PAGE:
ARUSHA 20 May 2002 (Internews) Genocide suspects Pauline Nyiramasuhuko and her son Arsene Ntahobali made three trips to transport ethnic Tutsi refugees from the Butare governor’s office to an unknown destination to be killed during the 1994 genocide in Rwanda, a witness today claimed before the International Criminal Tribunal for Rwanda (ICTR).

The witness — identified only as “TK” — claimed that Nyiramasuhuko rode in the vehicle carrying refugees, driven by Ntahobali, allegedly escorted by militiamen.

TK is the 11th prosecution witness in the so-called “Butare Trial,” which began in June 2001. The trial resumed today after it was adjourned on 4 April to facilitate the hearing of an alternate trial.

The Butare Trial is the largest in progress before the tribunal. All six accused are from Butare Province, southern Rwanda, one of the last areas to succumb to the April-June 1994 violence in Rwanda. An estimated 26,000 ethnic Tutsi were killed in Butare alone.

Nyiramasuhuko, who was a minister for family and women’s affairs during the genocide, is the only woman indicted by the ICTR. She is charged with genocide and crimes against humanity, including rape.

The other defendants are: Nyiramasuhuko’s son Arsene Ntahobali, a former militia leader, Elie Ndayambaje, a former mayor of Muganza commune; Alphonse Nteziryayo, a former governor of Butare; Joseph Kanyabashi, a former mayor of Ngoma commune and Sylvain Nsabimana, a former Butare governor. Nsabimana took over from Ndayambaje as governor during the genocide. All six have denied charges of genocide and crimes against humanity.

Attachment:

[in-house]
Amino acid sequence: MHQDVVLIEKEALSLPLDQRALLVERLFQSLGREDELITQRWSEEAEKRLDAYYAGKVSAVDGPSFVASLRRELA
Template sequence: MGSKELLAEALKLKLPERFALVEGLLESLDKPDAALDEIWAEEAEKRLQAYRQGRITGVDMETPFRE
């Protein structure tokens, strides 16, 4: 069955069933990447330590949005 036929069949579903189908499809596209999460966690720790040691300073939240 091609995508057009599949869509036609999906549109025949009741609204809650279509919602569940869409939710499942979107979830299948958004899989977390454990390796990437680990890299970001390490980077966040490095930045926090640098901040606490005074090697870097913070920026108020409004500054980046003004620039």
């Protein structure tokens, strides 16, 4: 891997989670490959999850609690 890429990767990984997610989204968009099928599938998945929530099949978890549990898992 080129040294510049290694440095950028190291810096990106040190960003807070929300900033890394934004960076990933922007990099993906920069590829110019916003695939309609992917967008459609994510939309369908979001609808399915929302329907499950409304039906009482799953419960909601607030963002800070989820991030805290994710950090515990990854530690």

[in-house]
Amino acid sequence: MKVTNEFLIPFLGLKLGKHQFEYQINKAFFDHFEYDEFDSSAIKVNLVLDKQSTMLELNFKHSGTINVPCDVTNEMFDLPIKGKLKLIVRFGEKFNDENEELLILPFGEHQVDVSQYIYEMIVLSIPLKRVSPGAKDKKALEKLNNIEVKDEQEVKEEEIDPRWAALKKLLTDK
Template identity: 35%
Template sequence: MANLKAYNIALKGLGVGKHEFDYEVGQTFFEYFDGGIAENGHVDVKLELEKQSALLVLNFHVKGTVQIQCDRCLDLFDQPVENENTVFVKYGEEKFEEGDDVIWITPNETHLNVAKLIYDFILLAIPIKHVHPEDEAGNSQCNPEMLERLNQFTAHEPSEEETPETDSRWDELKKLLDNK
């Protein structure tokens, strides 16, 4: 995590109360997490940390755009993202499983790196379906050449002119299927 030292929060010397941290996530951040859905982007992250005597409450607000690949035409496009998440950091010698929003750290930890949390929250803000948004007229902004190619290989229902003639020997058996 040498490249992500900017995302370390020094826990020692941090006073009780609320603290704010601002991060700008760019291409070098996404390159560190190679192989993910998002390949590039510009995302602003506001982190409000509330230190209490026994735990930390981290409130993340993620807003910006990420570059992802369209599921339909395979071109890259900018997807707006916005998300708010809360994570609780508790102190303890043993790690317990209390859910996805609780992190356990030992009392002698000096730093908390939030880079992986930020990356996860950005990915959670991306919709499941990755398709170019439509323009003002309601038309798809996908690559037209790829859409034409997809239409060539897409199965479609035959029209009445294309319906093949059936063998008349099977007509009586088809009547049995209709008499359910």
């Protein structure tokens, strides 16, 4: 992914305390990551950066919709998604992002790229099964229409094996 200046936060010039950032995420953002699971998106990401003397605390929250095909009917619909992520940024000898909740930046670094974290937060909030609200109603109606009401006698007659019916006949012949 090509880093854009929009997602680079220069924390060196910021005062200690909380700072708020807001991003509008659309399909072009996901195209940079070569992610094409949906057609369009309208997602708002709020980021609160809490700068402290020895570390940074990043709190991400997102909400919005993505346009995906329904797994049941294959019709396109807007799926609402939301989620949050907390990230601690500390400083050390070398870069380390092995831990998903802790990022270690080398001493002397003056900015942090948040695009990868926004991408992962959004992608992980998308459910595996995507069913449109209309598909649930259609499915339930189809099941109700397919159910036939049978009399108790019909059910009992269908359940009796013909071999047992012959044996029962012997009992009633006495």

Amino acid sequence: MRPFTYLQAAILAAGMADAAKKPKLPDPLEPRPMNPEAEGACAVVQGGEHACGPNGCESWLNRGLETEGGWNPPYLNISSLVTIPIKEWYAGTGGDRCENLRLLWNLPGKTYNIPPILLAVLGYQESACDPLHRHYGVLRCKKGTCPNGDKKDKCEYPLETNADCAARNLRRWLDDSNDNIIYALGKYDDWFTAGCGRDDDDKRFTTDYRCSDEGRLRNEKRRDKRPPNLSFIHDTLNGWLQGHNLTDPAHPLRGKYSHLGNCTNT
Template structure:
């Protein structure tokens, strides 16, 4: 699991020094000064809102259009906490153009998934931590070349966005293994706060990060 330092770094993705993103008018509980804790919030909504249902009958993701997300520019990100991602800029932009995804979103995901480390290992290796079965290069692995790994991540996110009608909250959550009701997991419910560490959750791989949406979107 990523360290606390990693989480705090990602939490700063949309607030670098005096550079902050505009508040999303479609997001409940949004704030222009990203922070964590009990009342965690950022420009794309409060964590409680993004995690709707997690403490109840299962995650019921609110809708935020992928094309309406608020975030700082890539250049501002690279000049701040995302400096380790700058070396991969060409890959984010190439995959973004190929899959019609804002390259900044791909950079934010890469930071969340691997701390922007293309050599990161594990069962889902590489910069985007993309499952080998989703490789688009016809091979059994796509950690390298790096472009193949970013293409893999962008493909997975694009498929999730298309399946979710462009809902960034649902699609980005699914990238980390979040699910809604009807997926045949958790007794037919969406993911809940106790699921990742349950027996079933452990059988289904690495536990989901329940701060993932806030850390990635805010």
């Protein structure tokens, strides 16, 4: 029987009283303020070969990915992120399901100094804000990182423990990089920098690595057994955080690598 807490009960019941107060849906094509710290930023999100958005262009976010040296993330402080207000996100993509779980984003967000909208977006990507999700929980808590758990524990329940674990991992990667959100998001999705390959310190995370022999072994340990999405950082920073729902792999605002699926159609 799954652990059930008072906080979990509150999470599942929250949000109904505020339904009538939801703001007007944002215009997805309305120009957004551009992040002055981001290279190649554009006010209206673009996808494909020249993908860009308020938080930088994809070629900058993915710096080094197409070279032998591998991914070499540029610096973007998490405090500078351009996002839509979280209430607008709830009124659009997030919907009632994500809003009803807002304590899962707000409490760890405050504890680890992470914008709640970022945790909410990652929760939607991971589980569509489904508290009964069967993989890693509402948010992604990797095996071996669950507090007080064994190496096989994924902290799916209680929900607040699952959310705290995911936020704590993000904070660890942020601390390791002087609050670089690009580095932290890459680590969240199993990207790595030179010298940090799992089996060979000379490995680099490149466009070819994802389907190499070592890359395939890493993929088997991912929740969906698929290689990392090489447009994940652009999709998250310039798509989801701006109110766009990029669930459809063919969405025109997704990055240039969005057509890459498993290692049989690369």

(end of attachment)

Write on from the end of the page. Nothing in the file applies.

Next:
When asked for how long she was at the governor’s office when she saw the refugees driven away, TK replied: “I can’t remember exactly …I was there at the end of May or early June 1994.”

Led by prosecution attorney Adesola Adeboyejo of Nigeria, TK testified that ‘Interahamwe’ militiamen slit the throat of a woman named Trifina who resisted boarding the vehicle. “Her throat was slit and she was thrown into the waiting vehicle,” the witness told the court. The Interahamwe was the youth wing of the Movement of the Republic for National Development (MRND), the party that led a coalition government during the genocide.

The witness alleged that the militiamen attacked Trifina on the orders of Nyiramasuhuko, who told the Interahamwe “to shut them [the screaming women] up.”

TK said that she fled her native Gikongoro commune after she heard of the death of President Juvenal Habyarimana in a plane crash on 6 April 1994. She sought refuge at the Butare convent “but we [refugees] were led away to the governor’s office by soldiers and Interahamwe.”

TK continues to testify before Trial Chamber II of the ICTR, comprising Judges William Sekule of Tanzania (presiding), Winston Matanzima Maqutu of Lesotho and Arlette Ramarason of Madagascar.


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